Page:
The Anatomist’s Apprentice by Tessa Harris

June 30, 2012

Plot summary (from the publisher):In the first in a stunning new mystery series set in eighteenth-century England, Tessa Harris introduces Dr. Thomas Silkstone, anatomist and pioneering forensic detective…

The death of Sir Edward Crick has unleashed a torrent of gossip through the seedy taverns and elegant ballrooms of Oxfordshire. Few mourn the dissolute young man—except his sister, the beautiful Lady Lydia Farrell. When her husband comes under suspicion of murder, she seeks expert help from Dr. Thomas Silkstone, a young anatomist from Philadelphia.

Thomas arrived in England to study under its foremost surgeon, where his unconventional methods only add to his outsider status. Against his better judgment he agrees to examine Sir Edward’s corpse. But it is not only the dead, but also the living, to whom he must apply the keen blade of his intellect. And the deeper the doctor’s investigations go, the greater the risk that he will be consigned to the ranks of the corpses he studies…

Warning: Spoilers below!


  • I liked the parts that had to do with actual forensics, such as when Dr. Silkstone noticed that his ink had separated into different colors and figured out that the poisoned elixir might do the same.
  • Ditto for the scenes about dissection and autopsy. It was interesting to see the kinds of problems doctors in the 18th century had to deal with and how they tried to overcome the limitations of their medical and scientific knowledge.


  • Despite this being a “period piece”, I didn’t think the author did a great job of establishing a sense of time or place. The only reason I knew this was supposed to have been set a couple hundred years ago is that Dr. Silkstone’s forensic capabilities were so rudimentary. Otherwise, there were no other touches in language or description that really cemented this story to a certain time period.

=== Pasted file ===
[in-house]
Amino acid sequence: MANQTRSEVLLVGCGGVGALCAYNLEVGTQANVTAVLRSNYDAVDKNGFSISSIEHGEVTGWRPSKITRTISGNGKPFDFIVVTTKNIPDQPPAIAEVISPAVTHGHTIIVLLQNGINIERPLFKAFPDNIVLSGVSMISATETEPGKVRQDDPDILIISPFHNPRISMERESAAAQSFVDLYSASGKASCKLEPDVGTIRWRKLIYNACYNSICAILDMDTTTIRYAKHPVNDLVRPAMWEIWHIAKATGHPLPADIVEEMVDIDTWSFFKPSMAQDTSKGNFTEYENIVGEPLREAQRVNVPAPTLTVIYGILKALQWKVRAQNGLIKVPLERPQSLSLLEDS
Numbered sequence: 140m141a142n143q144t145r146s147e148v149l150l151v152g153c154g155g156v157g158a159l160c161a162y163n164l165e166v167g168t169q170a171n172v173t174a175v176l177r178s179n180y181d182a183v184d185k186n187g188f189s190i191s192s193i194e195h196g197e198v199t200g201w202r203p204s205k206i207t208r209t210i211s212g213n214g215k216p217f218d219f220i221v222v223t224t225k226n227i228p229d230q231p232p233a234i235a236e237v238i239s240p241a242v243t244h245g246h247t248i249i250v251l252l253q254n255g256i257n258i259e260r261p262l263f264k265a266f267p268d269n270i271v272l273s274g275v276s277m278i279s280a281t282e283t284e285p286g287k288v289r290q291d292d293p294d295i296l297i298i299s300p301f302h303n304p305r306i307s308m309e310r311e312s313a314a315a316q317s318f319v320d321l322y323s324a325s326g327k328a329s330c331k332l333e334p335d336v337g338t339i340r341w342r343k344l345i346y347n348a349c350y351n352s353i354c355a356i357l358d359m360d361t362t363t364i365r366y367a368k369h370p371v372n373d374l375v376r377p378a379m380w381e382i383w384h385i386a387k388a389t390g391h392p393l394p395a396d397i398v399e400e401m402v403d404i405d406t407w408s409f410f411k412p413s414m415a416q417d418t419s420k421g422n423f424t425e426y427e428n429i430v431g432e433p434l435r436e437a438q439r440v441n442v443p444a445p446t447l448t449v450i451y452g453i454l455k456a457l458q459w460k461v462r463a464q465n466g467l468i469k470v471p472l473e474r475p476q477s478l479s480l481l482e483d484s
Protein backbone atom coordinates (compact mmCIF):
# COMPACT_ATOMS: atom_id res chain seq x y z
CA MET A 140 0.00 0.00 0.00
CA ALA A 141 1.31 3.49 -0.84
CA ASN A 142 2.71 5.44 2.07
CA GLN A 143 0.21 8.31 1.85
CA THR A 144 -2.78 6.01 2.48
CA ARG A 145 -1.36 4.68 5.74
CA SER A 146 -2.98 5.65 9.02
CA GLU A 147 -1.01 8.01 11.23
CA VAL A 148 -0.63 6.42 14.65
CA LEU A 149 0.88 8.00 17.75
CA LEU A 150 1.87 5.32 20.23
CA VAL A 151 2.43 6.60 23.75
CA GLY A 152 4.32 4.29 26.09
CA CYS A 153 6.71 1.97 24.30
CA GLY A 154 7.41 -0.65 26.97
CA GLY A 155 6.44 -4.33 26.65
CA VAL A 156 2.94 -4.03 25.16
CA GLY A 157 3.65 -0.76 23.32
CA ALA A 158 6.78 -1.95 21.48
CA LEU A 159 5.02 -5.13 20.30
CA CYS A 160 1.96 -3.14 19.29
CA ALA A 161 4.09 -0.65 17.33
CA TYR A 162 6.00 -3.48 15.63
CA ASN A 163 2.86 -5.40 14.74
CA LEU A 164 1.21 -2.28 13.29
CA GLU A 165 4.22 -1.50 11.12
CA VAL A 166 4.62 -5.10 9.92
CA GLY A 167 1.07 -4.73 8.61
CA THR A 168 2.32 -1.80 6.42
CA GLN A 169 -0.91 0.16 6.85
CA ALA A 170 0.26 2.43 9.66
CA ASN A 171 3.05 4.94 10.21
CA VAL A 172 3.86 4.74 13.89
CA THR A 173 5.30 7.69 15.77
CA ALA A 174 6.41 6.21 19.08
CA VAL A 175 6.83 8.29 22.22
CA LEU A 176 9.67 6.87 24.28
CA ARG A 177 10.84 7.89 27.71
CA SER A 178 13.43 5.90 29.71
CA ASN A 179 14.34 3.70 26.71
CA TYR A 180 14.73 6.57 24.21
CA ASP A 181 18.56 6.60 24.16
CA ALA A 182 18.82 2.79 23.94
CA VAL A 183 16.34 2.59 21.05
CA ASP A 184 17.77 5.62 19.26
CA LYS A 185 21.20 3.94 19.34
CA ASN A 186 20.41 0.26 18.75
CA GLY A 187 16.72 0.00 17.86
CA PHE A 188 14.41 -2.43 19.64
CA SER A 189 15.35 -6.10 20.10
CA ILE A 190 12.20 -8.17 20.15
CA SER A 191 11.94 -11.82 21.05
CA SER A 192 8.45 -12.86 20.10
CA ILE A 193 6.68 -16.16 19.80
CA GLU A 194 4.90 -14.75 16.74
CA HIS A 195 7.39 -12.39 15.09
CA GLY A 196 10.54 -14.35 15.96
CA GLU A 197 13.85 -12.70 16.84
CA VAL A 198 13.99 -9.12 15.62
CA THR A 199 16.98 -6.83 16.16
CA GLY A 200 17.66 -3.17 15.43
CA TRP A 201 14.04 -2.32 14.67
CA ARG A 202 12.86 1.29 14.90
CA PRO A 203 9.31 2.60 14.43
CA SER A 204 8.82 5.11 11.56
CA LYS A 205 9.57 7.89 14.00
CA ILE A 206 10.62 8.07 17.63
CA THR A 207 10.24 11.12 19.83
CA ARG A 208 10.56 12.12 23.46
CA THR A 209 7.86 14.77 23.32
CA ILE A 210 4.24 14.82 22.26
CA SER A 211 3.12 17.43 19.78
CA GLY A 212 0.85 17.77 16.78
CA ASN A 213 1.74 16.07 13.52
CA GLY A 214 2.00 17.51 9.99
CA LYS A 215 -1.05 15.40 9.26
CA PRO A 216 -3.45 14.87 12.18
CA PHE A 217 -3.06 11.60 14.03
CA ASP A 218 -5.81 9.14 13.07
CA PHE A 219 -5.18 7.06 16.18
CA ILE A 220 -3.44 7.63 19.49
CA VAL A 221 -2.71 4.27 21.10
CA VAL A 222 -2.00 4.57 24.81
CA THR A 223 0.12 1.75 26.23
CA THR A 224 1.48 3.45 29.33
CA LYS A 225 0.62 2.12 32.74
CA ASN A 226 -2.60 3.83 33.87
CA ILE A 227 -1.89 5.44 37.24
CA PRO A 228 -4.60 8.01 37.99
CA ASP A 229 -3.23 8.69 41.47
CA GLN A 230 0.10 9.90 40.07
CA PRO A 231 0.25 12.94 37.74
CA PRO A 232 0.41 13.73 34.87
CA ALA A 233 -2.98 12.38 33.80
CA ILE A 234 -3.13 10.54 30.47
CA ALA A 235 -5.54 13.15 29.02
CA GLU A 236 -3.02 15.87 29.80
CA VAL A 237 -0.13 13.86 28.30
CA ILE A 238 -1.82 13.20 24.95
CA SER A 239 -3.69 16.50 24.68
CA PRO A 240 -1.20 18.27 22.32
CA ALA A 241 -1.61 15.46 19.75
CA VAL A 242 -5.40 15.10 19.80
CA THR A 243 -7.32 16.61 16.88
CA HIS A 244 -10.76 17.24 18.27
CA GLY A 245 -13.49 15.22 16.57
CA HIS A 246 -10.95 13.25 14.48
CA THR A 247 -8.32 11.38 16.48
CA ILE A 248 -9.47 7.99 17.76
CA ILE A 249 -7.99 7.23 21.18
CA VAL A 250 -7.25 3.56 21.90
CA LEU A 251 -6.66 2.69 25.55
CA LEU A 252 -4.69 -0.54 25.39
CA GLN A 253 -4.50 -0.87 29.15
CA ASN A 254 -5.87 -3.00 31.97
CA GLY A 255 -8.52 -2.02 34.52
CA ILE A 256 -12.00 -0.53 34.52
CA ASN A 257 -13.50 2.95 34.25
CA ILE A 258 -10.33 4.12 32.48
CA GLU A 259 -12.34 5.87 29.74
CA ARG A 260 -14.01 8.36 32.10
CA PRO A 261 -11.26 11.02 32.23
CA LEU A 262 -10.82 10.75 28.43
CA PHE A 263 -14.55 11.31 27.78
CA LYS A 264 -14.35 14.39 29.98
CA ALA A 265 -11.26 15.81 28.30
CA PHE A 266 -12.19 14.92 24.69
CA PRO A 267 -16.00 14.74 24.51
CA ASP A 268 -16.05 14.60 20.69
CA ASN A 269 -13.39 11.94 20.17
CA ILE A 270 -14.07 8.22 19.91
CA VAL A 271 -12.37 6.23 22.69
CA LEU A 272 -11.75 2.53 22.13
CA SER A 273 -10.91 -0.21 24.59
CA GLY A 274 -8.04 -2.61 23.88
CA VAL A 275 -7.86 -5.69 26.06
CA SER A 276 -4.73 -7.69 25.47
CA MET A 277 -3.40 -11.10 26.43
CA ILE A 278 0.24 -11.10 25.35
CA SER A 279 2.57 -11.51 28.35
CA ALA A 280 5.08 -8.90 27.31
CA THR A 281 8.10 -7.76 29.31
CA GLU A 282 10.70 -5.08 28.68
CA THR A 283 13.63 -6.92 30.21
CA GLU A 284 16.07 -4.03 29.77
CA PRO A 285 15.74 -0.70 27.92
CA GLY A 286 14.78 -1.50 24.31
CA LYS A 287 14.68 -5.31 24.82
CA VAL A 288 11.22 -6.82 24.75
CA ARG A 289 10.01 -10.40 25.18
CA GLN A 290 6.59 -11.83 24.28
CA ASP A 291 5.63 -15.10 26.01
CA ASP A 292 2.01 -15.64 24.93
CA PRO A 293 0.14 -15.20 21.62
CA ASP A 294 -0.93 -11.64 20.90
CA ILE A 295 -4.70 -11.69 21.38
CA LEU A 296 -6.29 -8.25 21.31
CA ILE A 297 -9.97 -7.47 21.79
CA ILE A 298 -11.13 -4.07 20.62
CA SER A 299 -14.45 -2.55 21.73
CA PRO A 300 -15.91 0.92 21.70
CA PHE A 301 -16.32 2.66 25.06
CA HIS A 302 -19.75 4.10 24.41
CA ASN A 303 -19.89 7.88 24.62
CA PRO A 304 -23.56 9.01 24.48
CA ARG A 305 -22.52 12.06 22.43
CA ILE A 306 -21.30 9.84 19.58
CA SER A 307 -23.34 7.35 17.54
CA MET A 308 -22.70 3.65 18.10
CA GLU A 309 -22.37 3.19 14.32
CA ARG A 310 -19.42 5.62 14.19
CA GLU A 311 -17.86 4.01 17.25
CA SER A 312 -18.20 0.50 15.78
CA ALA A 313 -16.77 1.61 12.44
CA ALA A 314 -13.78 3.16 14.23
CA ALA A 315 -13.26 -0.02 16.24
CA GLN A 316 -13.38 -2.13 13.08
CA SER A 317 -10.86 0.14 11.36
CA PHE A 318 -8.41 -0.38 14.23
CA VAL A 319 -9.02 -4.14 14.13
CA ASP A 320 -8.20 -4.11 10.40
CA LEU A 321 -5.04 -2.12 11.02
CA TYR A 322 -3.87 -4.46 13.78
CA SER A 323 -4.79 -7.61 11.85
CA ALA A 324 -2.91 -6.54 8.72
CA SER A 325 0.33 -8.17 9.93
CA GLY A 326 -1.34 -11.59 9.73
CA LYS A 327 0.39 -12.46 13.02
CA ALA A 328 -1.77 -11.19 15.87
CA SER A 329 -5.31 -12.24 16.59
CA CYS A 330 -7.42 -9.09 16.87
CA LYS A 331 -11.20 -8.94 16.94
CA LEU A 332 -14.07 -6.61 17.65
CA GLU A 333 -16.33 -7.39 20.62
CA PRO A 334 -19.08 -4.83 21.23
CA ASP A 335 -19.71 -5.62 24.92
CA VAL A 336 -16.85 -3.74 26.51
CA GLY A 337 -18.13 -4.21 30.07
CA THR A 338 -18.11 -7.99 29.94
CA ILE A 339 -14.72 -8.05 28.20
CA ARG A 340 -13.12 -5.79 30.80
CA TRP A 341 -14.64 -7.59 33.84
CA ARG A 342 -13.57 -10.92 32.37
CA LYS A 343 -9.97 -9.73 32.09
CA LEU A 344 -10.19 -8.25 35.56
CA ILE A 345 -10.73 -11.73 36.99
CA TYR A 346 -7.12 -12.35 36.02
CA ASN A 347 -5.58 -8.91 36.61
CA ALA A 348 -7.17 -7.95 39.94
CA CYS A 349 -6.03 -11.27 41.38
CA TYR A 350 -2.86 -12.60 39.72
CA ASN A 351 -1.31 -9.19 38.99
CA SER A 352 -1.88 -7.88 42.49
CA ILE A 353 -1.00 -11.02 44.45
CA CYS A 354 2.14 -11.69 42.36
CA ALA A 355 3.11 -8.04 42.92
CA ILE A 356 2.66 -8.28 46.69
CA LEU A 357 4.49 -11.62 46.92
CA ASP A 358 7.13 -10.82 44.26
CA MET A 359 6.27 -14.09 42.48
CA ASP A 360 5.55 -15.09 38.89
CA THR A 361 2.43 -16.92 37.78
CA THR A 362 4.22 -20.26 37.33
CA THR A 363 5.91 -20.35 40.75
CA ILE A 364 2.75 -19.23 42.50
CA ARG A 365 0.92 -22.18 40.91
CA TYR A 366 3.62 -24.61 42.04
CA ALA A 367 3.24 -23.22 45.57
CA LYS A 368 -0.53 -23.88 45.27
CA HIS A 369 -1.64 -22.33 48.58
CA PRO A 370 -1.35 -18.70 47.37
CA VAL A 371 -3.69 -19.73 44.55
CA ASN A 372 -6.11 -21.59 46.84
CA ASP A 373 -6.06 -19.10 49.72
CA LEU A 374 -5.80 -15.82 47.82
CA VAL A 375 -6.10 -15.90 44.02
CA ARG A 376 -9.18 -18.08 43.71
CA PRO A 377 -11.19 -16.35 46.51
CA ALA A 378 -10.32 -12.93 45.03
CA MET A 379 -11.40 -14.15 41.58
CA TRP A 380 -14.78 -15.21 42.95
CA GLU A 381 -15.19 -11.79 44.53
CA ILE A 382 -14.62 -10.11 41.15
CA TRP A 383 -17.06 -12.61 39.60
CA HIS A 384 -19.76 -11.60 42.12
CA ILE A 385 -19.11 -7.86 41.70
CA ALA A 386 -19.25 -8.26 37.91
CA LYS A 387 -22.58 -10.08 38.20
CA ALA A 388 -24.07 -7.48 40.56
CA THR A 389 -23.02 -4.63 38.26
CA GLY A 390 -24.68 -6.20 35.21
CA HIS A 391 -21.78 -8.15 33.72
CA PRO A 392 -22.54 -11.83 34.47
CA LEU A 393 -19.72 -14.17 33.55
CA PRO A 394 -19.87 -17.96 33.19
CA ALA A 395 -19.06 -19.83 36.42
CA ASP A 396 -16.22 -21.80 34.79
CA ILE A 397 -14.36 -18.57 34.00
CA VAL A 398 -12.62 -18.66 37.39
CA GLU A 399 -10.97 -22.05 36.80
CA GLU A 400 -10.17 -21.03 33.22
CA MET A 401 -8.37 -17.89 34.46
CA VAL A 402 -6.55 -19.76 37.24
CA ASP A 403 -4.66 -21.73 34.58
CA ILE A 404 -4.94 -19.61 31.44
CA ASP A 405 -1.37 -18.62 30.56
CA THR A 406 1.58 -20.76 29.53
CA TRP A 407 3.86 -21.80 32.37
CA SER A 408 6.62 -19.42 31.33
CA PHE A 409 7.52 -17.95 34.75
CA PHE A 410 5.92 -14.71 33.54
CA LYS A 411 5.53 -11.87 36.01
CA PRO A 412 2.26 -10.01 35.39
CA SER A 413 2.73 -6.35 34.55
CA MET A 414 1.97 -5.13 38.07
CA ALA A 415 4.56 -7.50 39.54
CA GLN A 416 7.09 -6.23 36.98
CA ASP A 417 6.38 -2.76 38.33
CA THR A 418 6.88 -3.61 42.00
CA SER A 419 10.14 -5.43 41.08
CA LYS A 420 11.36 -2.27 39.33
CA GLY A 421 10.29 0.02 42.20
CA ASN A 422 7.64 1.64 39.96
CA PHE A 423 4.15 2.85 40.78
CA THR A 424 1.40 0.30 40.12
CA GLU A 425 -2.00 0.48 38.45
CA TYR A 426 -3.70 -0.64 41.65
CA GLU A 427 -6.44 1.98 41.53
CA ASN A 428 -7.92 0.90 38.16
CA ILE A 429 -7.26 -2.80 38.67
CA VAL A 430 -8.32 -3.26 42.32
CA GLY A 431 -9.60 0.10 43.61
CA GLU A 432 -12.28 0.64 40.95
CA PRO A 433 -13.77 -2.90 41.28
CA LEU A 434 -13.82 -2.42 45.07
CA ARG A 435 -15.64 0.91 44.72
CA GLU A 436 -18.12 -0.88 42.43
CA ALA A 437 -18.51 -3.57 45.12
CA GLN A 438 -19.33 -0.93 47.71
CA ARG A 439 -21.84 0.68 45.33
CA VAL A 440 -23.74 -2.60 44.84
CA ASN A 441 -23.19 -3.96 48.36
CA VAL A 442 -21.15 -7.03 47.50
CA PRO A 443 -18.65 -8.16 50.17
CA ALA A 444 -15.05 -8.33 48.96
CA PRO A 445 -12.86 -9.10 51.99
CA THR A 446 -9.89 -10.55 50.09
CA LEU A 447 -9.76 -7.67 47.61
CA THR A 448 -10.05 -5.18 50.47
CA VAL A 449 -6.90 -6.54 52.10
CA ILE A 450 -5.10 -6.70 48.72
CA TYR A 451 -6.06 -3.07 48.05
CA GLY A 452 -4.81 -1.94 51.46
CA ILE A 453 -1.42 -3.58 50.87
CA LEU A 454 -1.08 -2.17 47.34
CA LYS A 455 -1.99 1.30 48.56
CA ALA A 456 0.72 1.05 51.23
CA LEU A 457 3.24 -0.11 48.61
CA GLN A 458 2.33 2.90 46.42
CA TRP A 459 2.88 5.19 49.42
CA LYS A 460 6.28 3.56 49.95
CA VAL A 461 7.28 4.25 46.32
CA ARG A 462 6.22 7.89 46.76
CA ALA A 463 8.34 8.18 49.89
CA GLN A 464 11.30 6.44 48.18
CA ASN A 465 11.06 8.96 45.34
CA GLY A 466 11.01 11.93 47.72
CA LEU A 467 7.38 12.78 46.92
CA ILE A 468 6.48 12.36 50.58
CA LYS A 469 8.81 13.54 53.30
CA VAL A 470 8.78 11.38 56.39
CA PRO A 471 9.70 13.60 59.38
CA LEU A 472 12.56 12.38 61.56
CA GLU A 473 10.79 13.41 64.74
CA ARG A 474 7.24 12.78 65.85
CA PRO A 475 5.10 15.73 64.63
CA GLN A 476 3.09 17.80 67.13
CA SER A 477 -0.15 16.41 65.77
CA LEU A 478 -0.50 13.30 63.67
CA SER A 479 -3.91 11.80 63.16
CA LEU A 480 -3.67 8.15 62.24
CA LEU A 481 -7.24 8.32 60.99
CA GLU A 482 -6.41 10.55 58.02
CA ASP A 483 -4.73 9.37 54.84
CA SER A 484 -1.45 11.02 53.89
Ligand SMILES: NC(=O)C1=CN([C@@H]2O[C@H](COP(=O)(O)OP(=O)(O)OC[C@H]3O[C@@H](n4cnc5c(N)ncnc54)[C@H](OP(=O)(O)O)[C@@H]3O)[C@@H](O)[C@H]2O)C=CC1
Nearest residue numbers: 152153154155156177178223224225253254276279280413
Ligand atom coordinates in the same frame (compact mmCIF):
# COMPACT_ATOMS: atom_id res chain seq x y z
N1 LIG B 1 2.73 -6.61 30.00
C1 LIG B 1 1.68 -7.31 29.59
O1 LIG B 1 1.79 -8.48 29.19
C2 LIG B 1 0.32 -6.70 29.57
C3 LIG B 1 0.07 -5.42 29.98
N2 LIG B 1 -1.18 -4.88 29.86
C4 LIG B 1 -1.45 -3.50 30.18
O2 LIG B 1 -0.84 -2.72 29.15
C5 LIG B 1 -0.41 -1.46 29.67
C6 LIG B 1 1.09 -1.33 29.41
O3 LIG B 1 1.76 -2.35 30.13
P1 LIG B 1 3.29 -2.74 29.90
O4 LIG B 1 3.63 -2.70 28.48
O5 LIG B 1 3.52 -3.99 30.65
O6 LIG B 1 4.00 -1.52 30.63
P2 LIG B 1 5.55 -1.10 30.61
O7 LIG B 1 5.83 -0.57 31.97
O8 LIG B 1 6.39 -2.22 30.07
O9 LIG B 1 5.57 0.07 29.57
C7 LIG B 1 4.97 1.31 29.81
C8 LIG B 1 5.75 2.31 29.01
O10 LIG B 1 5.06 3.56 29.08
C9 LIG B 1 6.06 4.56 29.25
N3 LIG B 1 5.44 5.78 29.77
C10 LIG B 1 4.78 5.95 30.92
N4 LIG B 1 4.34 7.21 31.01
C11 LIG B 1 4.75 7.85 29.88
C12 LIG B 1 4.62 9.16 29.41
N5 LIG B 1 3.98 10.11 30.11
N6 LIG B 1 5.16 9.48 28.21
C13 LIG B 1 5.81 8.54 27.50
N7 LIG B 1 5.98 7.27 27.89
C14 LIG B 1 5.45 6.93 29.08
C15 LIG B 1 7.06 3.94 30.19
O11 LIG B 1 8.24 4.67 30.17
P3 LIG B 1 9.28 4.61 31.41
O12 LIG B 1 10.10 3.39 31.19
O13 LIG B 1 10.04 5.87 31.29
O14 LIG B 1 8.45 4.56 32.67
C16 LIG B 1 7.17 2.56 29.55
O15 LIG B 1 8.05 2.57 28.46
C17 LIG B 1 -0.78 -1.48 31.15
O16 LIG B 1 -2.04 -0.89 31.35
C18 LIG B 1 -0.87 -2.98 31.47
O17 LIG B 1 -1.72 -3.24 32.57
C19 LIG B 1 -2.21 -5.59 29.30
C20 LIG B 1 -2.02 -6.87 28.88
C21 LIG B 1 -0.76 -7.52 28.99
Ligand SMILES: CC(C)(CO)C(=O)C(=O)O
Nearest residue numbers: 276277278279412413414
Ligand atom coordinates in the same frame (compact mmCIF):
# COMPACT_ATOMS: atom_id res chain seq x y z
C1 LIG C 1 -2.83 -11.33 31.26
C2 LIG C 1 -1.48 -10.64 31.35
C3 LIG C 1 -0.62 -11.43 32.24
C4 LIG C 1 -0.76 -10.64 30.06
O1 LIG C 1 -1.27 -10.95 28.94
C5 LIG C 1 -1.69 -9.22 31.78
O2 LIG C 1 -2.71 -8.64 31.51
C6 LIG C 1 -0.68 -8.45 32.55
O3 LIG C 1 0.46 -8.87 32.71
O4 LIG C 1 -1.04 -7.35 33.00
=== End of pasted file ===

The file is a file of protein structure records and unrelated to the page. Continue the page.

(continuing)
• For a book that is purportedly about the early days of forensics, there was actually very little going on in that direction. Readers get a few short scenes at the most — and the murder ended up being solved by chance rather than by science or reasoning.
  • Dr. Silkstone was an incredibly boring protagonist with whom I failed to connect in any way. I cannot imagine a whole series being based around this milquetoast character, but I do know I won’t be reading anything more about him!
  • As soon as the sister was introduced, it was apparent that she and Dr. Silkstone were meant to end up together. Since her husband wasn’t the murderer, the author had to go and make him a physically abusive lout so readers would applaud the eventual Silkstone/Lydia hookup. Ugh, so cliche and dull.
  • I had all but tuned out by the end, as I got tired of trying to follow the mostly ridiculous twists and turns the author threw out there so I might be wrong about this. But…was Sir Edward murdered by his mother? Is that how this book turned out? I know Lydia’s mother was just faking her senility and all that, but did she kill Edward? Or did she kill Lydia’s husband? (Or perhaps both men?) If so, I missed the reason. Perhaps because Edward was terminally ill or something? Gah, I finished this book more than a month ago and have already forgotten the details. If anyone can enlighten me about the ending, I would really appreciate it!


The Anatomist’s Apprentice by Tessa Harris felt like a case of false advertising to me. It promised to be a book about the early days of forensics, but actually had more elements of romance than mystery and had very little to offer in the way of primitive CSI-like procedures. To top it all off, I didn’t care one bit about the characters and the story itself was boring. This one didn’t hold my attention at all. I give it 2 stars out of 5.

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